Rapid COVID-19 tests deployed across Parc-Extension schools

Many claim a disorganized and messy rollout

The campaign provides schools in Montréal-Nord, Saint-Michel, Parc-Extension and Chomedey with rapid COVID-19 tests to be administered by school staff. Photo: Mika Baumeister via Unsplash

The past week not only marked the first full week of school for many elementary and high school students across Parc-Ex but also the first week of the deployment of rapid COVID-19 tests in schools across the island of Montreal and Laval.

This is part of a larger public health campaign introduced by the provincial government to test symptomatic students at schools to more effectively and rapidly control classroom outbreaks and avoid school closures. 

Parc-Extension is still seeing high transmission rates with children under the age of 10 who are not eligible for vaccination.

The campaign provides schools in Montréal-Nord, Saint-Michel, Parc-Extension and Chomedey with rapid COVID-19 tests to be administered by school staff with the permission of parents.

But the campaign’s rollout has been widely criticized over the past days as disorganized and incoherent. Due in part to this criticism, the provincial government has since announced it would be reorienting the rollout. 

Longtime coming

Several Parc-Extension schools and community members contacted the directors of regional public health in January to ask for rapid testing to be installed in local schools.

“By making saliva tests accessible to students in Parc-Extension, it would allow for rapid screening and allow schools to act effectively and efficiently,” read the letter co-authored by the directors of Barthélemy-Vimont, Camille-Laurin and Barclay schools as well as the CLSC testing site, the Parc-Extension roundtable and borough Mayor Giulianna Fumagalli.

The regional directors of Public Health responded on Feb. 11 stating this strategy had proven to be ineffective and unnecessary. “The systematic use of rapid tests in the population, including in schools, is not able to effectively control transmission,” read their response.

The government eventually backtracked on this and it was later announced that rapid testing would be put in place by the Ministry of Education for the start of the school year. The rollout has since attracted widespread criticism. 

“We didn’t have time to train the staff,”

Botched rollout

The first week of the rollout of the campaign garnered widespread criticism by schools and labour unions representing teachers, with many saying it was chaotic and disorganized.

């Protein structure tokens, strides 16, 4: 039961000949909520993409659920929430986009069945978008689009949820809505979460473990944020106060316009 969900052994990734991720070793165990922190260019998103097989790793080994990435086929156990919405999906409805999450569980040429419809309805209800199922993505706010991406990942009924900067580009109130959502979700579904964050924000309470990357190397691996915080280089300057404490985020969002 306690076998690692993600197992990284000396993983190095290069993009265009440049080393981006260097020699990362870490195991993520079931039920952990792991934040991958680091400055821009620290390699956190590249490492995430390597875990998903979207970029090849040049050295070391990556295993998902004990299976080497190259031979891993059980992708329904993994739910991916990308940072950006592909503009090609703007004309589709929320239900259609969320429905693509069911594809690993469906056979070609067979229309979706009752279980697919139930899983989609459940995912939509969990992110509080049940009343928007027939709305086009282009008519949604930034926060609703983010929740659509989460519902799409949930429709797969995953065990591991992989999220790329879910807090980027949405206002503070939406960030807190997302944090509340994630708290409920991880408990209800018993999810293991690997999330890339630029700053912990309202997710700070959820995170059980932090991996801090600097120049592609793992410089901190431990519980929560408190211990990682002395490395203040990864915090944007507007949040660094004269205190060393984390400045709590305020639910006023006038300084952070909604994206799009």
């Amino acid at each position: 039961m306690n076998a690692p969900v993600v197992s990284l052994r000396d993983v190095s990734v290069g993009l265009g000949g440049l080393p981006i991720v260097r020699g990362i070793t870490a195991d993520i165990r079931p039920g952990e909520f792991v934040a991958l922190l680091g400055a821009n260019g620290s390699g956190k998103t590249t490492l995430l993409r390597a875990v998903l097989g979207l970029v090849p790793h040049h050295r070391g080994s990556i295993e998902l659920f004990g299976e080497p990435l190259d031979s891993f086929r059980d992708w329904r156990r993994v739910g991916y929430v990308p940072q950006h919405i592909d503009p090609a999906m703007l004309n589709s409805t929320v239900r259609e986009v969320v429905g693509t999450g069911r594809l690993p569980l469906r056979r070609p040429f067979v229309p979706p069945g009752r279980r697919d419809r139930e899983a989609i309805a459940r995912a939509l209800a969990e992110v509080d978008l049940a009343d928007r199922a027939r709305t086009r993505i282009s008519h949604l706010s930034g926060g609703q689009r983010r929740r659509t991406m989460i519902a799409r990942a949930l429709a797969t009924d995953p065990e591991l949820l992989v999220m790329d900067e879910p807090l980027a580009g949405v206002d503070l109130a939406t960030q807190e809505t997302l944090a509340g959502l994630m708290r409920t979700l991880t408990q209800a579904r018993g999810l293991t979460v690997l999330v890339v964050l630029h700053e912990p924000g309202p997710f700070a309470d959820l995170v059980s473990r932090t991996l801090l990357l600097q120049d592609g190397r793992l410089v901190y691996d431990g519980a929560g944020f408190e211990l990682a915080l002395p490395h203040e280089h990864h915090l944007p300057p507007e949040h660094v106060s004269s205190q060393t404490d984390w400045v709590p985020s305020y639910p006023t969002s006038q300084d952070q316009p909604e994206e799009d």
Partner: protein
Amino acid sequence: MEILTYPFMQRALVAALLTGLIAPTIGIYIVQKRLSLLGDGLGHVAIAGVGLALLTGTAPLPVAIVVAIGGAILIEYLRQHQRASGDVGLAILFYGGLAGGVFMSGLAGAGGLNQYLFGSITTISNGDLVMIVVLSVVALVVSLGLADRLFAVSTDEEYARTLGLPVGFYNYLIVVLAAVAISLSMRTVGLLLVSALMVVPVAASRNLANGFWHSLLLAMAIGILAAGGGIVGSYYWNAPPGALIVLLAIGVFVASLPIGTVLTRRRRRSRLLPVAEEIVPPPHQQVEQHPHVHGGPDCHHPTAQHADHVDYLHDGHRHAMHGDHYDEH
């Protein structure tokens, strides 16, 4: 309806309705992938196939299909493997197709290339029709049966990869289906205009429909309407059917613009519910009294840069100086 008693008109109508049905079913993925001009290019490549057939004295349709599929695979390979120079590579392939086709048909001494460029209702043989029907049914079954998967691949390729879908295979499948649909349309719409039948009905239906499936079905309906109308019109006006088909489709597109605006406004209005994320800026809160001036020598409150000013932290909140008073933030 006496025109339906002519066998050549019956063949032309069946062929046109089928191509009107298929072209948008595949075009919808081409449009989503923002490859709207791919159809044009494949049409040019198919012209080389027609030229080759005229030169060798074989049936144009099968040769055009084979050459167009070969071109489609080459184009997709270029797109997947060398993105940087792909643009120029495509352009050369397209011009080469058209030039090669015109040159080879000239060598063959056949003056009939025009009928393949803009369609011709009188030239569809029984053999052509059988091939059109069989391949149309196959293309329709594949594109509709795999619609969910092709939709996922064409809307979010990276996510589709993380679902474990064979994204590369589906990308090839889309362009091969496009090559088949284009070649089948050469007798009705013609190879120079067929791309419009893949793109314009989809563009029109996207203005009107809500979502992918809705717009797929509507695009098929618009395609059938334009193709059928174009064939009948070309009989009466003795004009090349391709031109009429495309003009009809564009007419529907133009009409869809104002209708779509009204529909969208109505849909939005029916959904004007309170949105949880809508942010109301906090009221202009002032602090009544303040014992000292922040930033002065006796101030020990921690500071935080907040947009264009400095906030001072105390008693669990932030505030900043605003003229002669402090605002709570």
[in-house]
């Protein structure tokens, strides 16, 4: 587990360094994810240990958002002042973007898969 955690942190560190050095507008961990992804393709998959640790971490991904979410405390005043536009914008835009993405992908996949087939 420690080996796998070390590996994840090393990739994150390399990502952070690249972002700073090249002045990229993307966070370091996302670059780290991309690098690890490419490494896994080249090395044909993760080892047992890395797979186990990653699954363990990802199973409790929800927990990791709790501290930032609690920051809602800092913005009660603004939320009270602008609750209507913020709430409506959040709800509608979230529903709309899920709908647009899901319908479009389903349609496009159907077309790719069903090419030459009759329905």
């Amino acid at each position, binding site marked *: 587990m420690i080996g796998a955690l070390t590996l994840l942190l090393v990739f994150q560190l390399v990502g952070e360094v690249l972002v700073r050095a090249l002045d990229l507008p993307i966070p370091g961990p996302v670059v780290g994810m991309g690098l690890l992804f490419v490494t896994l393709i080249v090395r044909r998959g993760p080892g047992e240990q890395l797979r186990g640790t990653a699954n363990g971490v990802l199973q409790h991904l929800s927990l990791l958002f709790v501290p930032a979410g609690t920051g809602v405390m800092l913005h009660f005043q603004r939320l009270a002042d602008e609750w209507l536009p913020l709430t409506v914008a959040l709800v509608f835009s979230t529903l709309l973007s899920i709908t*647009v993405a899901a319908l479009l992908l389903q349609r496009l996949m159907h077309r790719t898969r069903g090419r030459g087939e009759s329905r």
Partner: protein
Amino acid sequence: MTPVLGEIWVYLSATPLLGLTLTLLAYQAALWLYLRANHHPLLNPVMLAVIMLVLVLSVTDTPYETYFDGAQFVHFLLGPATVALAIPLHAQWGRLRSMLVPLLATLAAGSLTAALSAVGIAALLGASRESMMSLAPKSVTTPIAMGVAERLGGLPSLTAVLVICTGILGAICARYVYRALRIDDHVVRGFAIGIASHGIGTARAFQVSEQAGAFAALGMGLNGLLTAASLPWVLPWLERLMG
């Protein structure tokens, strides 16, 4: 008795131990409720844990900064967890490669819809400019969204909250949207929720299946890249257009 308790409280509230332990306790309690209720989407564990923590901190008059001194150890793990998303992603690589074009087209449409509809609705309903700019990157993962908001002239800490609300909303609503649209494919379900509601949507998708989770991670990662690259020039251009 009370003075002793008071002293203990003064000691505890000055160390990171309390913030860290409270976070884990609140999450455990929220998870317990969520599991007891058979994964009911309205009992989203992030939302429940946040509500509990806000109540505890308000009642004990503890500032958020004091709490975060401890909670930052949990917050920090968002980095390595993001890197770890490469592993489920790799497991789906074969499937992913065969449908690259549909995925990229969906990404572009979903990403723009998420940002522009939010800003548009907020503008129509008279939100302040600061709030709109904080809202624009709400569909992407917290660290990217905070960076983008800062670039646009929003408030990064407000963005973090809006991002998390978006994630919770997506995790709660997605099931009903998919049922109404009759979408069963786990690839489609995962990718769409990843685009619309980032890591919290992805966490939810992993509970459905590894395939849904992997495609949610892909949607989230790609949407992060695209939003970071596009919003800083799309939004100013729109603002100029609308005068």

As originally reported by La Presse, the Association montréalaise des directions d’établissement scolaire (AMDES) said the rollout was “a huge mess” and “profoundly shocking.”

AMDES President Kathleen Legault explained that the 72 participating schools only received a voluntary training video on Friday with implementation meant to start as early as Monday. “We didn’t have time to train the staff,” she added.

“In the context of a teacher shortage, where teams are already under pressure, we don’t always have enough staff available to perform these tests,” added Legault on the additional work asked of teachers with the rollout of rapid tests. 

The Centre de services scolaire de Montréal (CSDM) was contacted to get their view on the matter but declined to comment choosing instead to refer us to health authorities.

École Barthelemy-Vimont was one of the 72 schools participating in the rapid testing rollout. Photo: Matias Brunet-Kirk – NEWSFIRST

Could be better

This is a feeling which has been felt by some parents with children at schools in the area. Bajit Kaur’s daughter attends Barclay School and says although she’s happy with increased testing at schools, she sees how it could have been done better. 

“Actually, the situation now is going good,” stated Kaur, adding that she was happy that parents could rely on schools to do the testing and act rapidly rather than depending solely on testing at dedicated sites like the CLSC.

She nonetheless understood the concerns of educational staff as Kaur recognizes they already have a lot on their plate and may not have the time to start performing rapid tests on their students.

Government response 

The provincial government responded rapidly to the backlash on Monday. François Legault named the director of the provincial vaccination campaign Daniel Paré to head the rapid testing initiatives in schools. This replaces the minister of education Jean-François Roberge who is set to be questioned by opposition MNAs on his handling of the program.

“The role of a minister is to anticipate, and Jean-François Roberge was systematically late on this,” said Québec Solidaire MNA Christine Labrie, adding that she was surprised no one had put together a more organized plan for the rollout. 

So far, the provincial government has distributed 280,000 rapid tests to schools across the province with a total of 1.7 million tests still in stock. The government nonetheless clarified that this is not a replacement to tests at designated sites and should be seen as complementary.